Woman painting with a brush and paint palette.

Imagination in Adults

About the Author
Toree Peters is a Trainer with Great Kids. Prior to joining the team, she was a home visitor and supervisor with Healthy Families Indiana where she used the Growing Great Kids curriculum to support families around Indianapolis. Toree starts every day with cold-brewed coffee and is always thrilled to recommend a new podcast or two when not sharing anecdotes about her two best friends – who happen to be her cats.

What’s the first thing that comes to mind when you picture “playing pretend”?

Maybe you conjure up the image of a toddler using a recycled cardboard box as a racecar, or perhaps a preschooler mixing up a questionable potion from rarely used kitchen spices and tap water. I must admit, I have quite a bit of personal experience with the latter. For many adults, I think, we can quickly put together a colorful picture of a young child tapping into their imagination and transforming the world around them into one of their own designs. It’s more difficult, though, to find a similar picture for ourselves as grown-ups. When was the last time you activated that creativity?

This question has been plaguing me for a while, if I’m being honest. It feels like my ability to simply imagine has dulled as I’ve gotten older, focused as I am on the reality of the day-to-day. That’s normal, though, right? It’s generally accepted that, as we age, we just become less imaginative. Who has the time to daydream and play pretend? Imagination is the work of children; work is the work of adults.

But what if I told you that this generally accepted idea isn’t correct?

As I asked myself, “Where did my imagination go?” I was led to a recently published article from the University of Kent. In this article, the author shares the results of a study conducted by Kent’s School of Psychology regarding the impact of aging on imagination, which surprised – and delighted – me.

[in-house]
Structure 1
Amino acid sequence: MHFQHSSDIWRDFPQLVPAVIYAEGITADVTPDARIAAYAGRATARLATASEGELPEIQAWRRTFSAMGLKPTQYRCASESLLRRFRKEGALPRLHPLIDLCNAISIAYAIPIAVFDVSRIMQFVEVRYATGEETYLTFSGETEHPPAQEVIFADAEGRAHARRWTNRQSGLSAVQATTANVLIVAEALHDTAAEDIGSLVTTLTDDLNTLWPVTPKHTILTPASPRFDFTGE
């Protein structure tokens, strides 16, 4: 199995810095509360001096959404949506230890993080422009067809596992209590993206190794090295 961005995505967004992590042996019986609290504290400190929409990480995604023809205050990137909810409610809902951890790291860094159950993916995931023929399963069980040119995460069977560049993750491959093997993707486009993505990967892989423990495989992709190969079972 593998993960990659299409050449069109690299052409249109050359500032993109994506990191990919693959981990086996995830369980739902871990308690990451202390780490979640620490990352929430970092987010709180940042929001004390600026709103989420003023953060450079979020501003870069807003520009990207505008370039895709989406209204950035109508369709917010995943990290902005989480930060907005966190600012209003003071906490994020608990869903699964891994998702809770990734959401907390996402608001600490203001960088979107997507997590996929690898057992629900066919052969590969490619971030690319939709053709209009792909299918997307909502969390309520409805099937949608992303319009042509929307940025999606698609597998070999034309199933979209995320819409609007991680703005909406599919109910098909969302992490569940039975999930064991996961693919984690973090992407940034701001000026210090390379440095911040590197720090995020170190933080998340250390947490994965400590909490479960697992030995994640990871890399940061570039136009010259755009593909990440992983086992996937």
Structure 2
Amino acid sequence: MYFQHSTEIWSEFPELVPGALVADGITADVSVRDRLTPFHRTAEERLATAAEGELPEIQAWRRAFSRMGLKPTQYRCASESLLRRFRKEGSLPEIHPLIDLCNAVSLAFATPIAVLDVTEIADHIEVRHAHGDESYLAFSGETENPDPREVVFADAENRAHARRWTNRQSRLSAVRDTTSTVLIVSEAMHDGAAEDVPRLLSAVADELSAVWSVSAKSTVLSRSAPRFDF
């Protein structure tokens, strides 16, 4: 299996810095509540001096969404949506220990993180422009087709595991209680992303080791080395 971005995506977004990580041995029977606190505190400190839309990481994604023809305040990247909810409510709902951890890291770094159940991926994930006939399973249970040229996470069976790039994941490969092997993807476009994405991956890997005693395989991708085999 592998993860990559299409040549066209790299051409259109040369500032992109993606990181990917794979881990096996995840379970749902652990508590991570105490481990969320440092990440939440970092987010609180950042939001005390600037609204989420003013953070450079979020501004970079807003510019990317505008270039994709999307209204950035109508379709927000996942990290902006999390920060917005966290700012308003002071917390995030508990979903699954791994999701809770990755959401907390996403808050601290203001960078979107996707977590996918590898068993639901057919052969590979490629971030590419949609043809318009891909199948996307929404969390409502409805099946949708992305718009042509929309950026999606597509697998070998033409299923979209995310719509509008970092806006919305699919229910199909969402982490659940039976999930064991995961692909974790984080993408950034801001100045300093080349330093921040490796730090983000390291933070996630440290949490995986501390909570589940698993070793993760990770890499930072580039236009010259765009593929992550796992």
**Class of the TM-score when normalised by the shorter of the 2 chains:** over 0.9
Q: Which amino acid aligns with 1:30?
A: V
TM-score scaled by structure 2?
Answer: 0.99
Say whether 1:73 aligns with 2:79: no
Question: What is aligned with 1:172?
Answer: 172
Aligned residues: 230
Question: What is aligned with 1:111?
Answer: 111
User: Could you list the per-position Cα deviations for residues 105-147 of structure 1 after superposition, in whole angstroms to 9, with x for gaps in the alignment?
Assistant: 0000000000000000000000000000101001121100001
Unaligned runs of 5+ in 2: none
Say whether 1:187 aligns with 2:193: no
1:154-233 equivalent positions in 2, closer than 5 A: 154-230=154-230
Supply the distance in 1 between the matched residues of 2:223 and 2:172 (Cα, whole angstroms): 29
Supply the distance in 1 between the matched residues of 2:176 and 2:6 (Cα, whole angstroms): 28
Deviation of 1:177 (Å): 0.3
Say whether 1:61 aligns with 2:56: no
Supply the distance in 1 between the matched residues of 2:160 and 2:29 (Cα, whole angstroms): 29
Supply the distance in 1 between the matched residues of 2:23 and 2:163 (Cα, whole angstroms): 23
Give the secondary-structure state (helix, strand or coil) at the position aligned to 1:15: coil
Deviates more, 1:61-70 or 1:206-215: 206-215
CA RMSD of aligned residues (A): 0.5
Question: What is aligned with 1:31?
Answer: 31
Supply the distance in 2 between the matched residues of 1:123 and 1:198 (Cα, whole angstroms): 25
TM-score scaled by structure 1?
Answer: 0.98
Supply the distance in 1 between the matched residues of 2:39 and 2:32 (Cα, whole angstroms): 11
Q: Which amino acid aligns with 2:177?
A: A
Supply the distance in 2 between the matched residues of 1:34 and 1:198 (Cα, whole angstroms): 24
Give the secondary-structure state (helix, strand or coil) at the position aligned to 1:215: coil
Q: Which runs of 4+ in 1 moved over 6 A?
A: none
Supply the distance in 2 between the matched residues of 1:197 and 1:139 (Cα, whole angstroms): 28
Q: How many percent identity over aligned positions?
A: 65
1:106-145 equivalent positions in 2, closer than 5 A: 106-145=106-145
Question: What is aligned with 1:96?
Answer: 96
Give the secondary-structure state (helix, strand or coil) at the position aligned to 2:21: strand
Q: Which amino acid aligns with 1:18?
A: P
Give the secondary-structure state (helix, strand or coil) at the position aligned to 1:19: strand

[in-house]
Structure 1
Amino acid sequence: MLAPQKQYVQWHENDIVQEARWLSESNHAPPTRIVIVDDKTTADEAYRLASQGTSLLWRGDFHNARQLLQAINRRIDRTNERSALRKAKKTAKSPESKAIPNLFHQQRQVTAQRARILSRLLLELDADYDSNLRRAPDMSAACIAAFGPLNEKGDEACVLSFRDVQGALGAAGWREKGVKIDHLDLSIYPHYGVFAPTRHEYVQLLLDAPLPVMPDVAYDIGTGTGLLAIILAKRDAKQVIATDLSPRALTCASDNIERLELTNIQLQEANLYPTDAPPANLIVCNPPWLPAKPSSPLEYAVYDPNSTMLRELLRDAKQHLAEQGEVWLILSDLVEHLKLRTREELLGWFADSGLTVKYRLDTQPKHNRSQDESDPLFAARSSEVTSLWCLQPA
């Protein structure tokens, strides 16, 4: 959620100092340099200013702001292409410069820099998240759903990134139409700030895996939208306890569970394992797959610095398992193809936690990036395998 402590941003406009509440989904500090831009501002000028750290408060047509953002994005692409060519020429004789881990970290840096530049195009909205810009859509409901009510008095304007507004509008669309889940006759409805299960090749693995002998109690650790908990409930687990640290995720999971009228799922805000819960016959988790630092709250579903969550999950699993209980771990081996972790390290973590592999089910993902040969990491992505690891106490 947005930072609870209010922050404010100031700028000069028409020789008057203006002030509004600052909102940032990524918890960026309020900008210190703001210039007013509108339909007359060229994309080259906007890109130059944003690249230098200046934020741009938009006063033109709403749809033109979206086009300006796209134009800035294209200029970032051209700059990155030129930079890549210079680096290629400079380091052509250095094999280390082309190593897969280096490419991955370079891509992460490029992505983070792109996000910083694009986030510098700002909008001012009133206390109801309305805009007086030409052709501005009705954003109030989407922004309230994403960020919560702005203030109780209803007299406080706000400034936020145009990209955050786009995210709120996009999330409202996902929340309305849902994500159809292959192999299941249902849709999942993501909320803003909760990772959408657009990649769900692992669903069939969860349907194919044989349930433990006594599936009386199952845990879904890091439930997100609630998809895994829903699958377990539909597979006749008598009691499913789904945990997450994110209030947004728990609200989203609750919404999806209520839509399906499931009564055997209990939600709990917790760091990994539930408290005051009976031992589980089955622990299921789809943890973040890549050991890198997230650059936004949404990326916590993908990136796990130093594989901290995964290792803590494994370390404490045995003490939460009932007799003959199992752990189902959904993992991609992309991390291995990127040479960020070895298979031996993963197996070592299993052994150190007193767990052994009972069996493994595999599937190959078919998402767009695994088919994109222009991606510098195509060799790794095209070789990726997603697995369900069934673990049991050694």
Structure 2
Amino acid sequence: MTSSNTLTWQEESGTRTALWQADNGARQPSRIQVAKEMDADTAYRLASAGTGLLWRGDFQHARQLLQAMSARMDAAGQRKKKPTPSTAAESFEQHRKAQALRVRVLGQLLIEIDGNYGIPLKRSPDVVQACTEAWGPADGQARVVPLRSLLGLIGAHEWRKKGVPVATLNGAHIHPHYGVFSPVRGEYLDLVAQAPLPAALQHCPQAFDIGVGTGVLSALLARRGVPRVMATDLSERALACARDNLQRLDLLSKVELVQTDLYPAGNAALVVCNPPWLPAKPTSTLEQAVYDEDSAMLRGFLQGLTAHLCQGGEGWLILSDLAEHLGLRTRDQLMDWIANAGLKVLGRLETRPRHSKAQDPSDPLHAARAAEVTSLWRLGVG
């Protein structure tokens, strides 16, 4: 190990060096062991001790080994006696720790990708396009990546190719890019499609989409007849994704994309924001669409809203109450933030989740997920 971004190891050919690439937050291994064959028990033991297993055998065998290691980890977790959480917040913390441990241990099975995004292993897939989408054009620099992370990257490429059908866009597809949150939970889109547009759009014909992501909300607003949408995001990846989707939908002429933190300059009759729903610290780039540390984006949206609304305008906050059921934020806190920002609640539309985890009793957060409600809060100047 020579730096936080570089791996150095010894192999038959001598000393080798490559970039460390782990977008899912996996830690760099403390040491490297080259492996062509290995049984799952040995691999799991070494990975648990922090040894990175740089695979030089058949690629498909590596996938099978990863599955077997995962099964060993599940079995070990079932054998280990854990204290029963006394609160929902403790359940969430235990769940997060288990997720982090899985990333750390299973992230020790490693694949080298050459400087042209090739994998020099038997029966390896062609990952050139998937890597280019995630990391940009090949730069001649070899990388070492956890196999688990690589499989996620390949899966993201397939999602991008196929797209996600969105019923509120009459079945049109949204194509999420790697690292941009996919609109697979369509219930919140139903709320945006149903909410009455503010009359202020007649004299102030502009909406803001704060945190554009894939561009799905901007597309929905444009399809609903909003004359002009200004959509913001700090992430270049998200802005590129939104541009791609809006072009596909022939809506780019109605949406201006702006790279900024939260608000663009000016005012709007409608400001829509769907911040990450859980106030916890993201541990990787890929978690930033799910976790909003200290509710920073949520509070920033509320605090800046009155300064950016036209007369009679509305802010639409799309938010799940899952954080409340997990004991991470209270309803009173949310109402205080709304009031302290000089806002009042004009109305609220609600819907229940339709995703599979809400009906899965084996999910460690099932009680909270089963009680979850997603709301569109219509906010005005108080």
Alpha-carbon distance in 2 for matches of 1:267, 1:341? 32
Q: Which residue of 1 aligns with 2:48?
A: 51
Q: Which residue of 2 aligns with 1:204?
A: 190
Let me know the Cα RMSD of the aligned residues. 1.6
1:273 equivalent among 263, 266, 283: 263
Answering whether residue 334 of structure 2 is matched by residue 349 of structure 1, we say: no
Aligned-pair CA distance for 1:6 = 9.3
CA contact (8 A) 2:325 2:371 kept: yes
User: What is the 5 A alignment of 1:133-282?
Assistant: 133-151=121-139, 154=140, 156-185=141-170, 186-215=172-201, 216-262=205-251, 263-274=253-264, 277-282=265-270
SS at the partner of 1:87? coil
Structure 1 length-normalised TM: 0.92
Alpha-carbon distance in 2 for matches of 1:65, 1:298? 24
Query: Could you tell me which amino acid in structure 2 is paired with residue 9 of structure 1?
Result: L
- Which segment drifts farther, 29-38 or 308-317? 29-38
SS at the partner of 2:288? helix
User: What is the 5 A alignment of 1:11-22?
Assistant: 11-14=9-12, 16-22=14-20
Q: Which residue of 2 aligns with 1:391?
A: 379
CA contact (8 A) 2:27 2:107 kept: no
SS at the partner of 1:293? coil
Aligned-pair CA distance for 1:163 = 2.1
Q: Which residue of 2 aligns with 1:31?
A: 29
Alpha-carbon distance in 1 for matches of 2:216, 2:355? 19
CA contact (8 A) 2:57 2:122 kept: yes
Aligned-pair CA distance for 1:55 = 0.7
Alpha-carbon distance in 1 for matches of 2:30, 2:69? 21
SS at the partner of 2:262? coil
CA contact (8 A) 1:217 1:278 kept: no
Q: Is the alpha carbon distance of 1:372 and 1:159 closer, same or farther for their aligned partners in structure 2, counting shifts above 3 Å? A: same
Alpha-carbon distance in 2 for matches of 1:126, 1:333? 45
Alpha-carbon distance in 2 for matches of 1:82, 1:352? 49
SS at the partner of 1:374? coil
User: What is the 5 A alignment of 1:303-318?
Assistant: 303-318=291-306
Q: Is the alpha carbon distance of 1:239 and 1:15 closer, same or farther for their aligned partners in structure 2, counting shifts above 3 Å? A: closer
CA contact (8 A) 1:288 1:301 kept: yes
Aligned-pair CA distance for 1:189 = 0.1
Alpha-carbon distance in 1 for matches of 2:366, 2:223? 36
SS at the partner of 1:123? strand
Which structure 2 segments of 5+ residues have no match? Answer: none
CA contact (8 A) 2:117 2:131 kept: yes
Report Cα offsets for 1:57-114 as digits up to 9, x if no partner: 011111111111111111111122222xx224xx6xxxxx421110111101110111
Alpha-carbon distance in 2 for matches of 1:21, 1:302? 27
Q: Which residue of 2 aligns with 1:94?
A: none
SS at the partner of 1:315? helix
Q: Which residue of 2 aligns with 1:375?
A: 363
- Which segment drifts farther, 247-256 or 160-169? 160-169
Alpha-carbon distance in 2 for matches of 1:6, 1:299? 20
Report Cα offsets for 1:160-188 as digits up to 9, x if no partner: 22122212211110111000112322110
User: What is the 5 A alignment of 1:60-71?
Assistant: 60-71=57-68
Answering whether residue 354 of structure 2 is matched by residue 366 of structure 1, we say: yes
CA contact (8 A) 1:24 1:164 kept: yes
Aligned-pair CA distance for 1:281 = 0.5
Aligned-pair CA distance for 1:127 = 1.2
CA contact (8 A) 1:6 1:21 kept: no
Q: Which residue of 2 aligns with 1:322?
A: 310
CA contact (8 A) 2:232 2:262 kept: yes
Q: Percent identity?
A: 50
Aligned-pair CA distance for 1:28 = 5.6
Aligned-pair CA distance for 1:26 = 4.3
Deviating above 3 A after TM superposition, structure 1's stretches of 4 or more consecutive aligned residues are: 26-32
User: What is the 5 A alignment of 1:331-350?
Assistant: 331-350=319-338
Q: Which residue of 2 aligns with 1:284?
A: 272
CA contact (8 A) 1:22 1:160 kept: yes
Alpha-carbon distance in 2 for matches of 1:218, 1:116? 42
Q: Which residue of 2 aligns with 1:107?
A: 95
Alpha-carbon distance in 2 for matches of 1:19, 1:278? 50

In the study, participants ranging from preschoolers to octogenarians were asked to describe the potential purpose of unfamiliar historical objects. As you might guess, the younger participants imagined a wide range of uses and possibilities unencumbered by the constraints of knowledge, while adults were more likely to describe a function closer to reality. What you might not have predicted, though, is that the adult participants created more detailed and vivid descriptions, and the older the participants were, the more original their imagined uses became.

I also learned that Albert Einstein, arguably the most famous scientific mind in current memory, put a higher value on imagination than knowledge. In an interview from 1929, he said,

“I am enough of an artist to draw freely upon my imagination. Imagination is more important than knowledge. Knowledge is limited. Imagination encircles the world.”

I was relieved to learn my imagination didn’t go anywhere – it just imagines differently! The knowledge we gain as we grow doesn’t necessarily discourage a vivid imagination. It enhances our ability to create.

At Great Kids, we highly encourage the use of imagination! Most recently, we’ve developed GK Together activities with the benefits of imagination in mind. GK Together is a group-based curriculum for parents and children of all ages. Comprehensive lesson plans include research-based information on relevant parenting topics, activities for all ages that require minimal cost and preparation, and support for facilitators to create engaging, collaborative, and effective parenting groups.


“What Life Means to Einstein: An Interview by George Sylvester Viereck”; The Saturday Evening Post (26 October 1929), p. 17.



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